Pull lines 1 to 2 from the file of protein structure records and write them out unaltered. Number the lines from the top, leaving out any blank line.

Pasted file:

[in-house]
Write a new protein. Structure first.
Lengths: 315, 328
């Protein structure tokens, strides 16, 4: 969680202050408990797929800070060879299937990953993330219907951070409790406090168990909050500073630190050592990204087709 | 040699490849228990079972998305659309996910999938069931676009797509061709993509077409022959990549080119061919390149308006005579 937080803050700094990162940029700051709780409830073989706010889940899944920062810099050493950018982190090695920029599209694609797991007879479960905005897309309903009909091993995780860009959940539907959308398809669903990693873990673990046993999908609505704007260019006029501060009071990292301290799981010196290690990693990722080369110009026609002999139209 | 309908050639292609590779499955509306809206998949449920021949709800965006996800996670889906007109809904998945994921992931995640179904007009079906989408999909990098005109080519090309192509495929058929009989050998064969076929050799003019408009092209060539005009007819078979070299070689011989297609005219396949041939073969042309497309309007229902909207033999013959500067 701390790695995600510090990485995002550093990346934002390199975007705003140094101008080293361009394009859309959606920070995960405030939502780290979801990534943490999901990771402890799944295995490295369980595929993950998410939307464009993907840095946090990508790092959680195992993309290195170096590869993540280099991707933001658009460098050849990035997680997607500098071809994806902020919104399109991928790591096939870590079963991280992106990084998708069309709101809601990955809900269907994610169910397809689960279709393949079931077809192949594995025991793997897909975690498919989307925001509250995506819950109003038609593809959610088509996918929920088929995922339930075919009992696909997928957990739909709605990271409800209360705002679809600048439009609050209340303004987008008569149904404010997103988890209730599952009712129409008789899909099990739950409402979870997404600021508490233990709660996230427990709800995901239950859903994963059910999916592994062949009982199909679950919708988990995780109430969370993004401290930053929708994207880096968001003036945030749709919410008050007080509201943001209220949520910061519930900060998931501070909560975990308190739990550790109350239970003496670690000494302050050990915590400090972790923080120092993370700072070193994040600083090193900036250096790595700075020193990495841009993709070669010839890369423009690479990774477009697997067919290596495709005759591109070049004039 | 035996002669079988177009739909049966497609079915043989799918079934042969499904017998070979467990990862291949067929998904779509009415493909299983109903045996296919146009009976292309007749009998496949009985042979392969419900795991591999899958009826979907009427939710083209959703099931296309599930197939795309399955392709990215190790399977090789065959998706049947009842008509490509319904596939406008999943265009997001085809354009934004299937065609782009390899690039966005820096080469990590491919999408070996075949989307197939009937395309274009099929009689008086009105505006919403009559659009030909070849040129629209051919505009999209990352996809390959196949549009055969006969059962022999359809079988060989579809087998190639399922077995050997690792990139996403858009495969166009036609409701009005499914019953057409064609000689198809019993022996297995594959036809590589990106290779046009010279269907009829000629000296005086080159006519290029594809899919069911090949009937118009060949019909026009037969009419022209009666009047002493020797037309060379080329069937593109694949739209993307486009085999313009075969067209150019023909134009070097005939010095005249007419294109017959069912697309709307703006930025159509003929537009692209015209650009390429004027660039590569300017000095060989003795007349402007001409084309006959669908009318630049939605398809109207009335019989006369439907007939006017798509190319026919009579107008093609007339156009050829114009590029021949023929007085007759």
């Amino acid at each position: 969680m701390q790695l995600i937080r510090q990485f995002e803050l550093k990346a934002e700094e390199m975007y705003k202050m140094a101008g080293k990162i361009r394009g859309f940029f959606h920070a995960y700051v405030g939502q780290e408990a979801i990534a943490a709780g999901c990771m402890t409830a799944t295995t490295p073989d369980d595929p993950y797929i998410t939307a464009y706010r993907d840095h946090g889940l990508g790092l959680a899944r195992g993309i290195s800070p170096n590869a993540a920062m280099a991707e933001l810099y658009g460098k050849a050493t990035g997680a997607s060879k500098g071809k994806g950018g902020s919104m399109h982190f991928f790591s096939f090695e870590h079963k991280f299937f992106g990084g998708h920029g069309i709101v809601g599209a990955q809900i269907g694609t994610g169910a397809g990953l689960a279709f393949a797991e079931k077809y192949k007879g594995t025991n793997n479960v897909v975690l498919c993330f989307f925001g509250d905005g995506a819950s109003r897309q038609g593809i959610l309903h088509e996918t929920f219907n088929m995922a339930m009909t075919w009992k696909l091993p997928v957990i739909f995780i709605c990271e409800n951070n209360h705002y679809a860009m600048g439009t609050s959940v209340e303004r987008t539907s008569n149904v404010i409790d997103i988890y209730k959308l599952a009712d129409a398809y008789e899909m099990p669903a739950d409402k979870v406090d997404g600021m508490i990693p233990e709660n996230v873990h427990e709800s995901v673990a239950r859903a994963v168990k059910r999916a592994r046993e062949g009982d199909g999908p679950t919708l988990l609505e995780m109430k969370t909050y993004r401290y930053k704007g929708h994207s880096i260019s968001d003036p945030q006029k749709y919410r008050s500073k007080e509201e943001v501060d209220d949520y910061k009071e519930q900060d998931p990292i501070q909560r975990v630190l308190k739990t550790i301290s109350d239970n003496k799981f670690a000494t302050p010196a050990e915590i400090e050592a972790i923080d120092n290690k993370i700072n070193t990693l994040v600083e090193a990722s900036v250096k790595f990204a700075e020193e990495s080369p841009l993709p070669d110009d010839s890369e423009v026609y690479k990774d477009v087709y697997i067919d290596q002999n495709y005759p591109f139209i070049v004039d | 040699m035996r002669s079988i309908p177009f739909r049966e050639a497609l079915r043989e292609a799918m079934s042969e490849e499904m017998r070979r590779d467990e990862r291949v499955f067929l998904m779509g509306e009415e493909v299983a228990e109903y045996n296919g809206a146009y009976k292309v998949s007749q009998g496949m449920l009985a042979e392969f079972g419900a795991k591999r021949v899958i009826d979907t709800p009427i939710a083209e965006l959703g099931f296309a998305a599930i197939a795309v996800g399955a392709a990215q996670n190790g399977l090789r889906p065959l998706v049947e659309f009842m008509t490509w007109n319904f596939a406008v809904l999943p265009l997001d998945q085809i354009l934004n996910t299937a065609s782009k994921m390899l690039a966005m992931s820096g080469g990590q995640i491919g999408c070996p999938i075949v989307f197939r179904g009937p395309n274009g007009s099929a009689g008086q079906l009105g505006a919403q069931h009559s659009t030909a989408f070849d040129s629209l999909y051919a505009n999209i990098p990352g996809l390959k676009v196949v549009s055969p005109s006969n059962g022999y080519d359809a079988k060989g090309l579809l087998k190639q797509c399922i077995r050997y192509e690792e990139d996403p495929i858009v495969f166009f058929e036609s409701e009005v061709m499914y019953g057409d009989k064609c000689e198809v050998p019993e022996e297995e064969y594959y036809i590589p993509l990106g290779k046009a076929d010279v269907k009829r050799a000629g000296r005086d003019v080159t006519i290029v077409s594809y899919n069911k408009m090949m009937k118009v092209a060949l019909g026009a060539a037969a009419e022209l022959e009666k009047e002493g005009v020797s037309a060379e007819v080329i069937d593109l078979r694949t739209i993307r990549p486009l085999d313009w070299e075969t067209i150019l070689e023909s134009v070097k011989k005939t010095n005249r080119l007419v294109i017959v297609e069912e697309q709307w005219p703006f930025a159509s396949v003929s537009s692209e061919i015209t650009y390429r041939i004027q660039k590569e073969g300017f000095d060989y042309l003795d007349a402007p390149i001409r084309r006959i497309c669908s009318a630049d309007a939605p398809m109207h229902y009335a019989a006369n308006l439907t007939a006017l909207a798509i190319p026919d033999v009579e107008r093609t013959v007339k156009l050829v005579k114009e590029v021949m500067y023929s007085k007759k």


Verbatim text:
[in-house]
Write a new protein. Structure first.